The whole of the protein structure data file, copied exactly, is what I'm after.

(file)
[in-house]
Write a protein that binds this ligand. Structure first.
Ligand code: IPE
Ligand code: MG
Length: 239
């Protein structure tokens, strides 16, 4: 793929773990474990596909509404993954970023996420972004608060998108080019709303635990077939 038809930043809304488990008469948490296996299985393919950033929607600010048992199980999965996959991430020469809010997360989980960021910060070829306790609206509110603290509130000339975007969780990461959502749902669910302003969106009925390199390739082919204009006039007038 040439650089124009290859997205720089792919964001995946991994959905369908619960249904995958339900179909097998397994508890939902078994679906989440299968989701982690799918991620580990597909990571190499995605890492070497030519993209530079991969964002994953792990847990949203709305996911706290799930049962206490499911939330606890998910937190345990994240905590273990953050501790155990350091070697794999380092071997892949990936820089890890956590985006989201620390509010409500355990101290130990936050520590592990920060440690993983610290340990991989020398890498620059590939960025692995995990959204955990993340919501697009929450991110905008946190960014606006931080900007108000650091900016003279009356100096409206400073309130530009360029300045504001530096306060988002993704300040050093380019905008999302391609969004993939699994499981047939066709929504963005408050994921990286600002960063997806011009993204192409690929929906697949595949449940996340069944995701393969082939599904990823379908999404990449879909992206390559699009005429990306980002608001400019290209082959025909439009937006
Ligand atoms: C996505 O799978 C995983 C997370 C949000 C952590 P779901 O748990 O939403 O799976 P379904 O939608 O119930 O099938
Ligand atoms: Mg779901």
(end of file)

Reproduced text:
[in-house]
Write a protein that binds this ligand. Structure first.
Ligand code: IPE
Ligand code: MG
Length: 239
């Protein structure tokens, strides 16, 4: 793929773990474990596909509404993954970023996420972004608060998108080019709303635990077939 038809930043809304488990008469948490296996299985393919950033929607600010048992199980999965996959991430020469809010997360989980960021910060070829306790609206509110603290509130000339975007969780990461959502749902669910302003969106009925390199390739082919204009006039007038 040439650089124009290859997205720089792919964001995946991994959905369908619960249904995958339900179909097998397994508890939902078994679906989440299968989701982690799918991620580990597909990571190499995605890492070497030519993209530079991969964002994953792990847990949203709305996911706290799930049962206490499911939330606890998910937190345990994240905590273990953050501790155990350091070697794999380092071997892949990936820089890890956590985006989201620390509010409500355990101290130990936050520590592990920060440690993983610290340990991989020398890498620059590939960025692995995990959204955990993340919501697009929450991110905008946190960014606006931080900007108000650091900016003279009356100096409206400073309130530009360029300045504001530096306060988002993704300040050093380019905008999302391609969004993939699994499981047939066709929504963005408050994921990286600002960063997806011009993204192409690929929906697949595949449940996340069944995701393969082939599904990823379908999404990449879909992206390559699009005429990306980002608001400019290209082959025909439009937006
Ligand atoms: C996505 O799978 C995983 C997370 C949000 C952590 P779901 O748990 O939403 O799976 P379904 O939608 O119930 O099938
Ligand atoms: Mg779901």